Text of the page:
Newman-Storen is a terrific physical actor with a charming manner whose repetoire includes a spot-on ability to portray a camel. As a fellow writer I understand her fascination with Virgie and I admire her unwillingness to distort the historical record but I wish she had asked herself if, in the absence of artifice, there’s any story here to tell.

[more fringe 2011 reviews here]

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Fringe 2011 Review: The Day the Sky Turned Black

Posted by metaphorical on 20 August 2011

The Day the Sky Turned Black

0h 55m
VENUE #10: IATI Theater
Performance seen: Fri 19 @ 3:30
Remaining performances: Wed 24 @ 9:15 Sat 27 @ 2 Sun 28 @ 4:45

Rating: 3
(using the BroadwayWorld rating system of 10=effusive praise; 9=excellent; 7/8=positive with some reservations; 5/6=respectfully unenthused; 3/4=mostly negative; 2=little to recommend; 1=offended, insulted, angered)

When tragedy strikes, we seek news; afterward, we crave narrative. Journalists have been late to the story party, at least compared to playwrights, who have been explaining tragedies with stories at least since Sophocles.

So it’s odd that “The Day the Sky Turned Black” manages to convey almost as much information, but not nearly as much affect, as a newspaper or magazine feature article that would take half the time to read.

“The Day” tries to tell the story of the 2009 Australian “Black Saturday” bushfires through five voices: a 6-year-old boy; a mother whose son was one of several arsonists responsible for the severity of the tragedy, which killed 173 people; an older woman widowed by the fire; a schoolteacher who survived, though her home and neighbors did not; and a journalist.

According to a program note, the representation of the journalist is taken “verbatim” from interviews, while the other characters are fictional. This seems a bit odd as well, because the journalist’s speeches are completely banal, while the others are all reasonably affecting.

The stories are told sequentially in monologue, generally in the order given above, in four rounds: before, during, after, and one year later. Except for the journalist’s, they eventually evoke our interest and concern, but for me this didn’t happen until round 3. Given the show’s structure, the earlier rounds are necessary, but the halfway mark is a long time to wait to start caring. That’s why we have narrative structures—single protagonists around whom we fashion a story, or some other point of connection. (It will turn out that the family of the older woman lives down the street from the 6-year-old boy, but we don’t learn that until round 4 and it has no importance to the play.)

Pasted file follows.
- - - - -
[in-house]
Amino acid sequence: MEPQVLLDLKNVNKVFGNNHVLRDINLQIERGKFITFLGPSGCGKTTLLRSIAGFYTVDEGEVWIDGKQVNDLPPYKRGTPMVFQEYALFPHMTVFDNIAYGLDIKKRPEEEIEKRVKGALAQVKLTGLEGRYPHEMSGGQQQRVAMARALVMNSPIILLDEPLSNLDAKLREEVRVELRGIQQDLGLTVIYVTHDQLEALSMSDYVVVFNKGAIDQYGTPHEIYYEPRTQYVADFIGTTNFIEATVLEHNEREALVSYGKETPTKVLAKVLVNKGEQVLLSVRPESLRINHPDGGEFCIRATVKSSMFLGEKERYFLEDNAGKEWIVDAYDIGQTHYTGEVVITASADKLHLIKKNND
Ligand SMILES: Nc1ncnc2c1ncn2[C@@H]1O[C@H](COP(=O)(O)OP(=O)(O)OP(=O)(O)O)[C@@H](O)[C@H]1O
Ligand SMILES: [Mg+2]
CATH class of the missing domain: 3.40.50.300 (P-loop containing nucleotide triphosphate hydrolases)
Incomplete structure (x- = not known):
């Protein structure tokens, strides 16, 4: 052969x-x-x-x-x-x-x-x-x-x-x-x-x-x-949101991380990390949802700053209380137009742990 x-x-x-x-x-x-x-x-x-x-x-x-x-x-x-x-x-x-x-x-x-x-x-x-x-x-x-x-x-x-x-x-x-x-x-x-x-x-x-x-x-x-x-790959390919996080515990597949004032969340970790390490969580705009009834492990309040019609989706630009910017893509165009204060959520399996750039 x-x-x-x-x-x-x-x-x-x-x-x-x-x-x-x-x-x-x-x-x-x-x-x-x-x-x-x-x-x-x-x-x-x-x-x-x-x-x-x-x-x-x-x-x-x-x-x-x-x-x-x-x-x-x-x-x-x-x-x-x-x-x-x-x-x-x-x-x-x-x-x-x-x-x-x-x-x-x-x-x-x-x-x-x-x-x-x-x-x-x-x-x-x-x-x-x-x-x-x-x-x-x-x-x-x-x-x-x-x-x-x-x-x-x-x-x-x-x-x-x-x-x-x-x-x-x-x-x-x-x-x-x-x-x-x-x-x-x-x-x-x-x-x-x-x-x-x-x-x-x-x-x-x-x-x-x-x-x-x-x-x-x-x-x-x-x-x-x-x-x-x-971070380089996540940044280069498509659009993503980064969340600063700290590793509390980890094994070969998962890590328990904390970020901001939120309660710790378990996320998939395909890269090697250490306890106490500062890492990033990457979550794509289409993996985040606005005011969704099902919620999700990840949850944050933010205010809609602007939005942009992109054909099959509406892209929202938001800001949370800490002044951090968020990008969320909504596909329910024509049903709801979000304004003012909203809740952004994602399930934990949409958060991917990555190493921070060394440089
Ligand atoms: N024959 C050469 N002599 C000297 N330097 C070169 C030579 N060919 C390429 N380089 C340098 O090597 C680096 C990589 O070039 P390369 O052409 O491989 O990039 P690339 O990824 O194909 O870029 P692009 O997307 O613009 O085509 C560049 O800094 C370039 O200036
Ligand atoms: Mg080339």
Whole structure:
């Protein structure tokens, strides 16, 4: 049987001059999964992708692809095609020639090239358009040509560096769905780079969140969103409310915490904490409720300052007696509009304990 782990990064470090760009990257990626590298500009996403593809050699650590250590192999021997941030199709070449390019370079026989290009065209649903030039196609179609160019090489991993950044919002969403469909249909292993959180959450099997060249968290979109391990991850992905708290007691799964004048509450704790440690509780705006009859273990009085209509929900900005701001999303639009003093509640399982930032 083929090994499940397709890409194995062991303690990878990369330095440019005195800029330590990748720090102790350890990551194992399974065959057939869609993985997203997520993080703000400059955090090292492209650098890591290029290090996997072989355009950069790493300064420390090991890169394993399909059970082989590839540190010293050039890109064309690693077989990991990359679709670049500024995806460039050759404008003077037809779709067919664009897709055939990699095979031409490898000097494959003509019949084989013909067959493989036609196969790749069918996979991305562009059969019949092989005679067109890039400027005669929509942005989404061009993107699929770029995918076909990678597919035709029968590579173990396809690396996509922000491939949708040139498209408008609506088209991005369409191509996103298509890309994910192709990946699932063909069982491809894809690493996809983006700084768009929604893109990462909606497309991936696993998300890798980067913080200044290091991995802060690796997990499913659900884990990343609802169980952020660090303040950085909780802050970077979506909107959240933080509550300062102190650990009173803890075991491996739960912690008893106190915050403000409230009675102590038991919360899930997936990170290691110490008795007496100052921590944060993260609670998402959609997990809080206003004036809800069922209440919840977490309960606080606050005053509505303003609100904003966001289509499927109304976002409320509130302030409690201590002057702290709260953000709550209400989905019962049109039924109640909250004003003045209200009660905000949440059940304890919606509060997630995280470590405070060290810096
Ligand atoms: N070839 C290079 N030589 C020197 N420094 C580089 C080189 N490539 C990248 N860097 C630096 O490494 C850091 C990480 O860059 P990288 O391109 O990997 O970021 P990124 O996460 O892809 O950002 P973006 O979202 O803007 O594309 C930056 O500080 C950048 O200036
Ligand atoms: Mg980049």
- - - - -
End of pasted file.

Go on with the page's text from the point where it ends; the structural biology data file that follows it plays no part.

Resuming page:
If we’re going to ask ourselves why the playwright chose a structure that sucked half the life out of the 55 minutes she alloted herself, we might as well consider some other uncomfortable questions as well.

Why these five stories? If playwright Ali Kennedy Scott wanted to tell “an inspiring story of courage” why are all the characters in the play survivors? And why are there no firefighting stories, the logical place to look for acts of courage?

Perhaps it’s because rather than focus on stories of courage, much of the Australian media has dwelt on how the authorities fell down on the job on Black Saturday. Six months after the tragedy, for example, the Sydney News Herald reported,

As evidence before the Bushfires Royal Commission has spelt out in excruciating detail, failure was everywhere. Command, control and effective communication are the pillars of any military operation. The Country Fire Authority, with its brigades, captains and lieutenants, fits neatly into that mould. Yet none of it worked.

Scott briefly takes to task Victoria state officials for, of all things, failed to monitor potential arsonists, but she has otherwise chosen to tell us, at least by omission, a children’s tale that’s either poorly researched or deliberately propagandistic.

It takes but a minute’s googling to learn that, but that brings us back to those pesky journalists. If they’ve finally learned how to tell a story, have dramaturges forgotten?

[more fringe 2011 reviews here]